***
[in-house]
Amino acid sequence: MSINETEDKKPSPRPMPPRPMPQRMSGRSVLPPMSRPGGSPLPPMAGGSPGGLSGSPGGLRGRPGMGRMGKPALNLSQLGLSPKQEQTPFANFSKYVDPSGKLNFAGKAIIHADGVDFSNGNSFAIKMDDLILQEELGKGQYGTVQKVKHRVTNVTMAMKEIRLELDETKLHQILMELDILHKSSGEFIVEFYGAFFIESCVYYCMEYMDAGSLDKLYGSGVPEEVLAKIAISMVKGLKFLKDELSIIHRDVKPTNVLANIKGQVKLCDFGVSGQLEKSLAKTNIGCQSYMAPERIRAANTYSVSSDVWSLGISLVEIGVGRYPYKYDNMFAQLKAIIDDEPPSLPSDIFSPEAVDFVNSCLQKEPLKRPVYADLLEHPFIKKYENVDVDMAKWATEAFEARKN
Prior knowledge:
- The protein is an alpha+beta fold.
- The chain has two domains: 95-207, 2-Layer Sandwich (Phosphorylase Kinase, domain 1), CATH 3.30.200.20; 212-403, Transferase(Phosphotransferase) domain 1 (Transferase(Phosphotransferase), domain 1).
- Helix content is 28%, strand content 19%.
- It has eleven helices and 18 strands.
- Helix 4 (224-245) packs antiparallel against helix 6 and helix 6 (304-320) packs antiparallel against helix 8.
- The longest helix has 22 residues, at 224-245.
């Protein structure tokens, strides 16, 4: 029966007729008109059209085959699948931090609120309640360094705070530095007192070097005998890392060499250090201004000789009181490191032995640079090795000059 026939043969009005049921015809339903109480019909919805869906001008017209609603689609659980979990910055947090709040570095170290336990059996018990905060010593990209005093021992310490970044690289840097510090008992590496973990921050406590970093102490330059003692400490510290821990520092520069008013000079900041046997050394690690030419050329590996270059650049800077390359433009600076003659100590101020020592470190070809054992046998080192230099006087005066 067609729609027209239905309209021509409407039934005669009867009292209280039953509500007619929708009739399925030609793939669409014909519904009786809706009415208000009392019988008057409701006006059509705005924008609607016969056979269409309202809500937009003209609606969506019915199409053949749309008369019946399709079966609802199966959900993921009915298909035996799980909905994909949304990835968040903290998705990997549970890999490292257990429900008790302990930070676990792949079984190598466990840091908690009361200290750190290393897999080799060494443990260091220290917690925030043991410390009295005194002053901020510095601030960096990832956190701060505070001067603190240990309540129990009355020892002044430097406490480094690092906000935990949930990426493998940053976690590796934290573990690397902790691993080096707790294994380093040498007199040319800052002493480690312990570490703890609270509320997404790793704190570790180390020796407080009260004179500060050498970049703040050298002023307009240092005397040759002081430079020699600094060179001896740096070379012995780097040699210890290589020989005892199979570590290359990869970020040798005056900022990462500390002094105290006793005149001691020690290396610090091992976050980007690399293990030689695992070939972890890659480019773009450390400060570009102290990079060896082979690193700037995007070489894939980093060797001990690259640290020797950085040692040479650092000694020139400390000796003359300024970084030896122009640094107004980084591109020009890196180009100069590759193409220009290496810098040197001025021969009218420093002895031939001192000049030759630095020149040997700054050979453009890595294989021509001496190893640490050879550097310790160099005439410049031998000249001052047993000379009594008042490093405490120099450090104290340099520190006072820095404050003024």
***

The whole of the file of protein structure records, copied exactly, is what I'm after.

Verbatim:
[in-house]
Amino acid sequence: MSINETEDKKPSPRPMPPRPMPQRMSGRSVLPPMSRPGGSPLPPMAGGSPGGLSGSPGGLRGRPGMGRMGKPALNLSQLGLSPKQEQTPFANFSKYVDPSGKLNFAGKAIIHADGVDFSNGNSFAIKMDDLILQEELGKGQYGTVQKVKHRVTNVTMAMKEIRLELDETKLHQILMELDILHKSSGEFIVEFYGAFFIESCVYYCMEYMDAGSLDKLYGSGVPEEVLAKIAISMVKGLKFLKDELSIIHRDVKPTNVLANIKGQVKLCDFGVSGQLEKSLAKTNIGCQSYMAPERIRAANTYSVSSDVWSLGISLVEIGVGRYPYKYDNMFAQLKAIIDDEPPSLPSDIFSPEAVDFVNSCLQKEPLKRPVYADLLEHPFIKKYENVDVDMAKWATEAFEARKN
Prior knowledge:
- The protein is an alpha+beta fold.
- The chain has two domains: 95-207, 2-Layer Sandwich (Phosphorylase Kinase, domain 1), CATH 3.30.200.20; 212-403, Transferase(Phosphotransferase) domain 1 (Transferase(Phosphotransferase), domain 1).
- Helix content is 28%, strand content 19%.
- It has eleven helices and 18 strands.
- Helix 4 (224-245) packs antiparallel against helix 6 and helix 6 (304-320) packs antiparallel against helix 8.
- The longest helix has 22 residues, at 224-245.
């Protein structure tokens, strides 16, 4: 029966007729008109059209085959699948931090609120309640360094705070530095007192070097005998890392060499250090201004000789009181490191032995640079090795000059 026939043969009005049921015809339903109480019909919805869906001008017209609603689609659980979990910055947090709040570095170290336990059996018990905060010593990209005093021992310490970044690289840097510090008992590496973990921050406590970093102490330059003692400490510290821990520092520069008013000079900041046997050394690690030419050329590996270059650049800077390359433009600076003659100590101020020592470190070809054992046998080192230099006087005066 067609729609027209239905309209021509409407039934005669009867009292209280039953509500007619929708009739399925030609793939669409014909519904009786809706009415208000009392019988008057409701006006059509705005924008609607016969056979269409309202809500937009003209609606969506019915199409053949749309008369019946399709079966609802199966959900993921009915298909035996799980909905994909949304990835968040903290998705990997549970890999490292257990429900008790302990930070676990792949079984190598466990840091908690009361200290750190290393897999080799060494443990260091220290917690925030043991410390009295005194002053901020510095601030960096990832956190701060505070001067603190240990309540129990009355020892002044430097406490480094690092906000935990949930990426493998940053976690590796934290573990690397902790691993080096707790294994380093040498007199040319800052002493480690312990570490703890609270509320997404790793704190570790180390020796407080009260004179500060050498970049703040050298002023307009240092005397040759002081430079020699600094060179001896740096070379012995780097040699210890290589020989005892199979570590290359990869970020040798005056900022990462500390002094105290006793005149001691020690290396610090091992976050980007690399293990030689695992070939972890890659480019773009450390400060570009102290990079060896082979690193700037995007070489894939980093060797001990690259640290020797950085040692040479650092000694020139400390000796003359300024970084030896122009640094107004980084591109020009890196180009100069590759193409220009290496810098040197001025021969009218420093002895031939001192000049030759630095020149040997700054050979453009890595294989021509001496190893640490050879550097310790160099005439410049031998000249001052047993000379009594008042490093405490120099450090104290340099520190006072820095404050003024």